The baseball movie “42” swung for the fences over the weekend, netting an estimated $18 million at the domestic box office. A biopic about Jackie Robinson, “42” has already rung up $53.8 million in its first 10 days of wide release — a very strong debut considering that the highest-grossing baseball movie of all-time, 1992's "A League of Their Own" ($107.5 million in domestic ticket sales), had banked "only" $38.9 million by the end of its second weekend of wide release.
Few people on earth know as much about Robinson’s life as Arnold Rampersad, the emeritus Stanford professor and National Humanities Medal winner who penned the 1997 book “Jackie Robinson: A Biography.” On Tuesday Rampersad will speak at Iowa State University about “The Life and Legacy of Jackie Robinson” — but for those who can’t make it Ames, Iowa, to hear Rampersad’s remarks, he shared his impressions with the Deseret News after watching "42":
I believe that overall the film is historically accurate, to a remarkable extent, although of course it is constructed with a certain vision and a certain goal in mind — to be celebratory about what Jackie and the Dodger leadership, especially Branch Rickey, achieved in 1946 and 1947. The film aims to inspire, and it succeeds. I think it is remarkably well constructed to achieve its goals.
The acting is, on the whole, excellent. Harrison Ford is fine in his near-central role. I loved the attention paid to props and sites (especially Ebbets Field), so that we get a vivid and convincing picture of what minor and major league baseball was in that era, with both it ‘shabbiness’ and its relative innocence. The baseball itself was portrayed brilliantly, I think.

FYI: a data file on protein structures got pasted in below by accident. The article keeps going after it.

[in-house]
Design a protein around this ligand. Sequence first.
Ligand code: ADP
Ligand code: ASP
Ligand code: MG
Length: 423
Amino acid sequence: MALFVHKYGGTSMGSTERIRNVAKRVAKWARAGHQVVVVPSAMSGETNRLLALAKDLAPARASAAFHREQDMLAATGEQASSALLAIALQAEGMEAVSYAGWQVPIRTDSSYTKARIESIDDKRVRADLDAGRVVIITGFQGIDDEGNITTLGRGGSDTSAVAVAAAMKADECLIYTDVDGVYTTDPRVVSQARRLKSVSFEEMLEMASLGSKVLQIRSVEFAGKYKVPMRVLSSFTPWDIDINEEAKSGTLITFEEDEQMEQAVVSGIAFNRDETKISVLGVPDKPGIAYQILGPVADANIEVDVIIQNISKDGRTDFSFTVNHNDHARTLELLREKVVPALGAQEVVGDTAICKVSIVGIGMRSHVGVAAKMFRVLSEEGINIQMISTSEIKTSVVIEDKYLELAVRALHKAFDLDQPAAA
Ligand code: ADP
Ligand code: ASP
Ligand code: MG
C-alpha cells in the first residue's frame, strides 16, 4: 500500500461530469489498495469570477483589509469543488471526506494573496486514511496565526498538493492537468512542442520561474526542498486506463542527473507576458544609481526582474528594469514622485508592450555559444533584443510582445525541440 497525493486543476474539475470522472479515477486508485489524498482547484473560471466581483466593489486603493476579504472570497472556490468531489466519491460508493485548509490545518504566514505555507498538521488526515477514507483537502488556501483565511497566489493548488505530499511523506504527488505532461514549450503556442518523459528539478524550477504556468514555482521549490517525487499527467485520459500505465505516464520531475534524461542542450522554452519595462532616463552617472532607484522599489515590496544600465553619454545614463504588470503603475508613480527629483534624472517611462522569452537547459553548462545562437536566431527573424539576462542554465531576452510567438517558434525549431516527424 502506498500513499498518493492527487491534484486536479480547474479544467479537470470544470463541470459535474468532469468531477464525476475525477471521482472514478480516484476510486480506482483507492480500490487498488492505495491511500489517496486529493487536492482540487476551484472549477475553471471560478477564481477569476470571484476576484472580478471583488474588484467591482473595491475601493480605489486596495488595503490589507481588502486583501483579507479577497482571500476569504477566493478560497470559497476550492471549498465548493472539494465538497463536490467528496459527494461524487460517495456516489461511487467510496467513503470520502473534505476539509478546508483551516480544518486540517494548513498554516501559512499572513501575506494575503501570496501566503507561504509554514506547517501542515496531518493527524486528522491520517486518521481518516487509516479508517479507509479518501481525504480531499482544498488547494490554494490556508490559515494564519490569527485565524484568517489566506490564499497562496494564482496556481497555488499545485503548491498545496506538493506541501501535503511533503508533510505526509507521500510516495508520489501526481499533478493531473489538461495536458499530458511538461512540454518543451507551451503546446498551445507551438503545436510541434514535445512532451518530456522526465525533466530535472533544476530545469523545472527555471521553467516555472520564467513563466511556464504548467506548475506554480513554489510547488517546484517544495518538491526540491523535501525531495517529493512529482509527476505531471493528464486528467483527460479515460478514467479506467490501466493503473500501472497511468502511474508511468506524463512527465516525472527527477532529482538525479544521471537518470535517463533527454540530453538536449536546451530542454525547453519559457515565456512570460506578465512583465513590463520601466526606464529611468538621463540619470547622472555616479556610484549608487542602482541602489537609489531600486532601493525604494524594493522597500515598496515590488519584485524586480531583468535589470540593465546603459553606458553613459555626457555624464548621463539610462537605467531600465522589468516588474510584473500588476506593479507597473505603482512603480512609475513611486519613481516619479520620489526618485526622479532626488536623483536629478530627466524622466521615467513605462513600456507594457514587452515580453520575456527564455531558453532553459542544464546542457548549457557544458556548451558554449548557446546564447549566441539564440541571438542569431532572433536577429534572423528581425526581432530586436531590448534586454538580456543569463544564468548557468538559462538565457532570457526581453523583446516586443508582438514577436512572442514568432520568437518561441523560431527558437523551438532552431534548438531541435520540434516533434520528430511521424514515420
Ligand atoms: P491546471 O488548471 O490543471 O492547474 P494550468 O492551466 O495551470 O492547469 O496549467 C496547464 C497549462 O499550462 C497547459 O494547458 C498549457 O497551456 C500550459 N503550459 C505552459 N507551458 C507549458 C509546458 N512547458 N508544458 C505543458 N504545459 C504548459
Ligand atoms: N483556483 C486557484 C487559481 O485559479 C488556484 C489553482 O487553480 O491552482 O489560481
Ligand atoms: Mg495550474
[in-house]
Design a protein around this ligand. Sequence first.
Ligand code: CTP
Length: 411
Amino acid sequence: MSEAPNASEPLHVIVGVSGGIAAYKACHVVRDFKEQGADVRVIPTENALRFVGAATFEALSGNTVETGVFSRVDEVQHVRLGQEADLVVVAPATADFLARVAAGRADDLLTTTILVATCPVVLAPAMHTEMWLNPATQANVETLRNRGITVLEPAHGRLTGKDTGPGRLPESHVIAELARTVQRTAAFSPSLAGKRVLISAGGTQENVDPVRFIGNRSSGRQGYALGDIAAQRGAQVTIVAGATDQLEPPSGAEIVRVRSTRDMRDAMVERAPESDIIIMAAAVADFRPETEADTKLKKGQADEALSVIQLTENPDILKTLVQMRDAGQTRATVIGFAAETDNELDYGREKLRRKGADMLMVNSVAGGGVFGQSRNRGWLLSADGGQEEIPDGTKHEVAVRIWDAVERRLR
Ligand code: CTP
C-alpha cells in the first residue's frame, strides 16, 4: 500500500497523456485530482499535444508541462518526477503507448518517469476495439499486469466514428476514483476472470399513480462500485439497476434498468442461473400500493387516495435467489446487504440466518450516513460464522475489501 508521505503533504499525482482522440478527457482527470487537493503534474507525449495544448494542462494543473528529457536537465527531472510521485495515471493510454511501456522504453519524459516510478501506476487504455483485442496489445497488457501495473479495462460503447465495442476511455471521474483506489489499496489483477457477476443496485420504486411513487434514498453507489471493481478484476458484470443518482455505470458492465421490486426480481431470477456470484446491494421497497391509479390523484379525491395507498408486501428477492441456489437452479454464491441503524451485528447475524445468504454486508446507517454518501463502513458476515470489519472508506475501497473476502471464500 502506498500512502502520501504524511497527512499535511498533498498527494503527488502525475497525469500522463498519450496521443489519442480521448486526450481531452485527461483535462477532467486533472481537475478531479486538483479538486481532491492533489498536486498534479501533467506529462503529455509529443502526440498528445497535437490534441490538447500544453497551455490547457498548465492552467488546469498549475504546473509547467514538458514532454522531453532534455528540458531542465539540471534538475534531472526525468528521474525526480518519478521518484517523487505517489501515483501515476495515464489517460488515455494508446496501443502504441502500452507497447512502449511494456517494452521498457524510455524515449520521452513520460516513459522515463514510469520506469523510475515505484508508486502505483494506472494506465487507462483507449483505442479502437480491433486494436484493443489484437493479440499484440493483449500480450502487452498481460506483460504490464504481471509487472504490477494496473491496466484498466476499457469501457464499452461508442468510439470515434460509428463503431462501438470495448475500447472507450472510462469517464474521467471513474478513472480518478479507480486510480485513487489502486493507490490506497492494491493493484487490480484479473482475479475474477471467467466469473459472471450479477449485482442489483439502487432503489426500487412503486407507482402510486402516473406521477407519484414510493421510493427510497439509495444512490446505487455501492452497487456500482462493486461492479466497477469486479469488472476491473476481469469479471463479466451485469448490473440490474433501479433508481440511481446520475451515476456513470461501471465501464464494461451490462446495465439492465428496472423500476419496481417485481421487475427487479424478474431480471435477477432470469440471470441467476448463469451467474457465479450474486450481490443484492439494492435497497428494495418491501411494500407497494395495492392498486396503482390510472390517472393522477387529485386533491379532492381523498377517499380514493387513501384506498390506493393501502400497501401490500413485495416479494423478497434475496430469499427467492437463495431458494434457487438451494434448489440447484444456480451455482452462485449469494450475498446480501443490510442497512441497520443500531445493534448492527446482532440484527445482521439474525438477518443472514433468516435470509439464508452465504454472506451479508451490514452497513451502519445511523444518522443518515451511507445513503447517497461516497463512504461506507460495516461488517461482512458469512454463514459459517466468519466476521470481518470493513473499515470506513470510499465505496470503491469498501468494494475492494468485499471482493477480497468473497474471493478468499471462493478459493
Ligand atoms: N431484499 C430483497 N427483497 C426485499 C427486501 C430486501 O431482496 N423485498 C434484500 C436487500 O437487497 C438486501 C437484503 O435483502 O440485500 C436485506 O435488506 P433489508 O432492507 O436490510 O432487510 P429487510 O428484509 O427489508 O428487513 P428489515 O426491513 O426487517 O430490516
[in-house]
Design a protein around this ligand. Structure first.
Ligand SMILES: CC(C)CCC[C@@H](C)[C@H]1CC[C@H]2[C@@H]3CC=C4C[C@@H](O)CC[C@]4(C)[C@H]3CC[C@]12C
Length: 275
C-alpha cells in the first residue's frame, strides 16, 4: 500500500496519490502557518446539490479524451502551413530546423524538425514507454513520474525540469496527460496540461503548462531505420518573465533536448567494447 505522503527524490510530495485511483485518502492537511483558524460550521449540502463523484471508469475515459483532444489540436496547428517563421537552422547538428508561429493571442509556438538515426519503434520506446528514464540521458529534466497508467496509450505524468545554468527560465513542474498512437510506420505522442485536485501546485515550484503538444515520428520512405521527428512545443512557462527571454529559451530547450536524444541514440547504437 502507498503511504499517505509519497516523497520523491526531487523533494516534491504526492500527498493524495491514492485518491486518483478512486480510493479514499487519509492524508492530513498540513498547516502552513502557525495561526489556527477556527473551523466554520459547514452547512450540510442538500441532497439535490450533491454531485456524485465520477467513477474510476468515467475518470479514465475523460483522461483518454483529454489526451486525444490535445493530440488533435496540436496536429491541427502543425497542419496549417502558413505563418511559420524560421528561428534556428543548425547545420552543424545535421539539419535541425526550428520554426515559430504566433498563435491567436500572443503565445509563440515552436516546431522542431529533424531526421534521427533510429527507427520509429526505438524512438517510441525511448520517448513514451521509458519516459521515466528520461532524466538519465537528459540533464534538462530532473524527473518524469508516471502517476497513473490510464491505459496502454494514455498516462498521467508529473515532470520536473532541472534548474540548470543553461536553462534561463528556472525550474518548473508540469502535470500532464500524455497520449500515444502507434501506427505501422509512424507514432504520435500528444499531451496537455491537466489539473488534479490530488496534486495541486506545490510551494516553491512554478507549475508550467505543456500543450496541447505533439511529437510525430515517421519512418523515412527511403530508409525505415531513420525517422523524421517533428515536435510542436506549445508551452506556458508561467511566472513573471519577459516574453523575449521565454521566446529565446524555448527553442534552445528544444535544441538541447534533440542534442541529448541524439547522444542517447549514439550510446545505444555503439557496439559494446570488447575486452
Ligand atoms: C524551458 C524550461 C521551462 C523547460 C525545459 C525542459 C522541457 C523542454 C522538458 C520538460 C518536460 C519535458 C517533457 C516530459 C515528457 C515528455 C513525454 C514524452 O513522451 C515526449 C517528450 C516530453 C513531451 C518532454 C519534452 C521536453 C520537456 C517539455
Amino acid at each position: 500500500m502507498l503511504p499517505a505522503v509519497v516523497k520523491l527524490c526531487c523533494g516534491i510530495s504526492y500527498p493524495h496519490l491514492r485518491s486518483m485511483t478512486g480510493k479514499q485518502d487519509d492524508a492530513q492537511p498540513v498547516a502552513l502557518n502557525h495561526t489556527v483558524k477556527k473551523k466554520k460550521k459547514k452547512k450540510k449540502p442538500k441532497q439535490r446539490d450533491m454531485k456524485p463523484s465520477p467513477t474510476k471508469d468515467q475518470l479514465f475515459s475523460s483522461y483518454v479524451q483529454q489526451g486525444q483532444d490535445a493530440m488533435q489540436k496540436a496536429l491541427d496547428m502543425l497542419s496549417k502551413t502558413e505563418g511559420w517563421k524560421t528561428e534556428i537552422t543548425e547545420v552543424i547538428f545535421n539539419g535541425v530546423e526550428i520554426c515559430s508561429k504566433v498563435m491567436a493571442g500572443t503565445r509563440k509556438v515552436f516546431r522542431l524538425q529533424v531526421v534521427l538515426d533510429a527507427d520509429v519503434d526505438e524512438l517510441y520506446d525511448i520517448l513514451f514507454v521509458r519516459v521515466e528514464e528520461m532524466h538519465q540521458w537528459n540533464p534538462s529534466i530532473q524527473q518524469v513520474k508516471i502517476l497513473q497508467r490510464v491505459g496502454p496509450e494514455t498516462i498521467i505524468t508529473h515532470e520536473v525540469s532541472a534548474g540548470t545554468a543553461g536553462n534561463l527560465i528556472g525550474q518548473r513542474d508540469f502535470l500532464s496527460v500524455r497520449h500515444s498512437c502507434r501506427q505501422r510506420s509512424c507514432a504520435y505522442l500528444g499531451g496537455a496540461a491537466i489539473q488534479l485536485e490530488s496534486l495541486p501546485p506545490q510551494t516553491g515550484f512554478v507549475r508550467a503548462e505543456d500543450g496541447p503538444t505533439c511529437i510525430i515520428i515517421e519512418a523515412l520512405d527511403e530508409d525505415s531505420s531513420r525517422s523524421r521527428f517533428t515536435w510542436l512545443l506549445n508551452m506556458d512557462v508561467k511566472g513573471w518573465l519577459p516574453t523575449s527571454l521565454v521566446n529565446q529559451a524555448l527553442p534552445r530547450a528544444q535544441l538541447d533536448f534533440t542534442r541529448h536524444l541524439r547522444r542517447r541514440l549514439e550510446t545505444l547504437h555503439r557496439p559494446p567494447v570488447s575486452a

Jackie’s mixture of simmering anger over racism, on the one hand, and dedication to the task at hand, on the other, is captured well by the actor who plays him. Oddly enough, the moment I cherish most came at a certain point when he meets (reporter) Wendell Smith — who has already done so much for Robinson at Rickey’s behest — and says, ‘You again?’ I think it captures (Jackie’s) innate sense of independence and also the egotism that of course he needed in order to be a high achiever, and it also set the stage for Wendell to teach him and all of us a lesson about the wider implications of Rickey’s challenging act — one that could have backfired.
The movie brought tears to my eyes at certain points. I simply can’t remember when those were, but I’m sure they were the times when Jackie succeeded in one way or another, including in eliciting support from whites who should have been, by the logic and practice of racism, against him. — Arnold Rampersad
Jamshid Ghazi Askar is a graduate of BYU's J. Reuben Clark Law School and member of the Utah State Bar. Contact him at firstname.lastname@example.org or 801-236-6051.
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